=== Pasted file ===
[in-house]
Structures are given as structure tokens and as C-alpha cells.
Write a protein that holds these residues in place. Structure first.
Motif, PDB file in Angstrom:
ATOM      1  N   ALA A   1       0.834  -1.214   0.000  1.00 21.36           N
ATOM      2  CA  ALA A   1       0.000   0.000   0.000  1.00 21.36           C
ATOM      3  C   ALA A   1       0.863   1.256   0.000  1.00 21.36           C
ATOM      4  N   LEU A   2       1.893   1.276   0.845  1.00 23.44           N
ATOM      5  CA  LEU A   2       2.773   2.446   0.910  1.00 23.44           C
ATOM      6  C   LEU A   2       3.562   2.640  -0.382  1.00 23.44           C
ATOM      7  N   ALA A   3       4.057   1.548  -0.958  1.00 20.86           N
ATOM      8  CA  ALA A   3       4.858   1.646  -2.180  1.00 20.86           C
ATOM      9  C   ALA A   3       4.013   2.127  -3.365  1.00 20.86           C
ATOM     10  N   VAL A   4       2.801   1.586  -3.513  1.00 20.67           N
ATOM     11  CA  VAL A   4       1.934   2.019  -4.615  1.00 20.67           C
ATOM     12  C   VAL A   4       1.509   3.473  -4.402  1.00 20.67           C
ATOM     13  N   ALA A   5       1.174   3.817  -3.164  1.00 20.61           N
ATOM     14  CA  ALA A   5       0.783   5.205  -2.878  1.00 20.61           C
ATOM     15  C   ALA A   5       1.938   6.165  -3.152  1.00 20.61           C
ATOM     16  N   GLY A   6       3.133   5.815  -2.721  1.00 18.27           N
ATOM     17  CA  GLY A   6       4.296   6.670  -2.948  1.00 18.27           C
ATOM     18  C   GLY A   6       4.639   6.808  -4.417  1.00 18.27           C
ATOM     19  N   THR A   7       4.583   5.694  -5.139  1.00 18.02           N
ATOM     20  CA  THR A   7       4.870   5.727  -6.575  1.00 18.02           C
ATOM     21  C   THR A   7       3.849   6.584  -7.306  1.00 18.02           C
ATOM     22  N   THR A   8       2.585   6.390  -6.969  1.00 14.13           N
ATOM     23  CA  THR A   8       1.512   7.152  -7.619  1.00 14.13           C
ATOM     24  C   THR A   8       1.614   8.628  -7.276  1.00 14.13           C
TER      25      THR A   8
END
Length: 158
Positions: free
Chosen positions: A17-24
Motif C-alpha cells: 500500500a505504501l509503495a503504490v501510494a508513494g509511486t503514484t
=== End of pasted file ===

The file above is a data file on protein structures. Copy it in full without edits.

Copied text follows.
[in-house]
Structures are given as structure tokens and as C-alpha cells.
Write a protein that holds these residues in place. Structure first.
Motif, PDB file in Angstrom:
ATOM      1  N   ALA A   1       0.834  -1.214   0.000  1.00 21.36           N
ATOM      2  CA  ALA A   1       0.000   0.000   0.000  1.00 21.36           C
ATOM      3  C   ALA A   1       0.863   1.256   0.000  1.00 21.36           C
ATOM      4  N   LEU A   2       1.893   1.276   0.845  1.00 23.44           N
ATOM      5  CA  LEU A   2       2.773   2.446   0.910  1.00 23.44           C
ATOM      6  C   LEU A   2       3.562   2.640  -0.382  1.00 23.44           C
ATOM      7  N   ALA A   3       4.057   1.548  -0.958  1.00 20.86           N
ATOM      8  CA  ALA A   3       4.858   1.646  -2.180  1.00 20.86           C
ATOM      9  C   ALA A   3       4.013   2.127  -3.365  1.00 20.86           C
ATOM     10  N   VAL A   4       2.801   1.586  -3.513  1.00 20.67           N
ATOM     11  CA  VAL A   4       1.934   2.019  -4.615  1.00 20.67           C
ATOM     12  C   VAL A   4       1.509   3.473  -4.402  1.00 20.67           C
ATOM     13  N   ALA A   5       1.174   3.817  -3.164  1.00 20.61           N
ATOM     14  CA  ALA A   5       0.783   5.205  -2.878  1.00 20.61           C
ATOM     15  C   ALA A   5       1.938   6.165  -3.152  1.00 20.61           C
ATOM     16  N   GLY A   6       3.133   5.815  -2.721  1.00 18.27           N
ATOM     17  CA  GLY A   6       4.296   6.670  -2.948  1.00 18.27           C
ATOM     18  C   GLY A   6       4.639   6.808  -4.417  1.00 18.27           C
ATOM     19  N   THR A   7       4.583   5.694  -5.139  1.00 18.02           N
ATOM     20  CA  THR A   7       4.870   5.727  -6.575  1.00 18.02           C
ATOM     21  C   THR A   7       3.849   6.584  -7.306  1.00 18.02           C
ATOM     22  N   THR A   8       2.585   6.390  -6.969  1.00 14.13           N
ATOM     23  CA  THR A   8       1.512   7.152  -7.619  1.00 14.13           C
ATOM     24  C   THR A   8       1.614   8.628  -7.276  1.00 14.13           C
TER      25      THR A   8
END
Length: 158
Positions: free
Chosen positions: A17-24
Motif C-alpha cells: 500500500a505504501l509503495a503504490v501510494a508513494g509511486t503514484t